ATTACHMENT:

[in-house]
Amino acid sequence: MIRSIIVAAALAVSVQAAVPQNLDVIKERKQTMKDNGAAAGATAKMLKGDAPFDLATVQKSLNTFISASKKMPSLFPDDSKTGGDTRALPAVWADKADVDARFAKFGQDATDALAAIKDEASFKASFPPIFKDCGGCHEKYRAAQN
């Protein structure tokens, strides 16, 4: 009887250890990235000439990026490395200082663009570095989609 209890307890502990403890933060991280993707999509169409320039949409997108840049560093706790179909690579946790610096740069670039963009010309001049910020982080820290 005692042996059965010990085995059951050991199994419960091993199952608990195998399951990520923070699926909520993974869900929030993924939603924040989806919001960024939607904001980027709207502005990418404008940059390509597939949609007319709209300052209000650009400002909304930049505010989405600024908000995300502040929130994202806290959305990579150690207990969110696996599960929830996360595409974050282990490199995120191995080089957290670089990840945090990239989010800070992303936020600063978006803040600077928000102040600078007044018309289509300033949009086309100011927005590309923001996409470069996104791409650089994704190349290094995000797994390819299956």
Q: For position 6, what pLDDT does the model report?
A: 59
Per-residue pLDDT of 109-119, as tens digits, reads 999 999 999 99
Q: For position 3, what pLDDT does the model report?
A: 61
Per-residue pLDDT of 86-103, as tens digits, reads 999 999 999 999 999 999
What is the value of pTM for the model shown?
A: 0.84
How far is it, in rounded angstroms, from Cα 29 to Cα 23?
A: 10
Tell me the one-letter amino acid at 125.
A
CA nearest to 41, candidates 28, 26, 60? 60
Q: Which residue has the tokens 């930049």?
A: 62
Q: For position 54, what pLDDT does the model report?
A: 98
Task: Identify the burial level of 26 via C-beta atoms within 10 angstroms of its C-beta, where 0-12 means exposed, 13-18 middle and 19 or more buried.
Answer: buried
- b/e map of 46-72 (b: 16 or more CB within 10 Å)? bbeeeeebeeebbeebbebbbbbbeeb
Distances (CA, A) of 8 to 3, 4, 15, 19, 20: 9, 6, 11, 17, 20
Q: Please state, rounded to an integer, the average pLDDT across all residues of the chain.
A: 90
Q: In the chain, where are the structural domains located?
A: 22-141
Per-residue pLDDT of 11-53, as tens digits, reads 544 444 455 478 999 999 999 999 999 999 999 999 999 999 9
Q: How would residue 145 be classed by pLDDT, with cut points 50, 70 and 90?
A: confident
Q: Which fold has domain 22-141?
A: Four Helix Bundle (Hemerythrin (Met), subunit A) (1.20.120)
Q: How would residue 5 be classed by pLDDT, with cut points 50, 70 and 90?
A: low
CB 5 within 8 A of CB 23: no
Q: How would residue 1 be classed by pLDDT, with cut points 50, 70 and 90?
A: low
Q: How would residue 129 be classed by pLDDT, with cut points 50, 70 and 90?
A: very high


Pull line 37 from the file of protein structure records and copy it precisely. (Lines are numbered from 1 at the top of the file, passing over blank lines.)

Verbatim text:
Q: How would residue 1 be classed by pLDDT, with cut points 50, 70 and 90?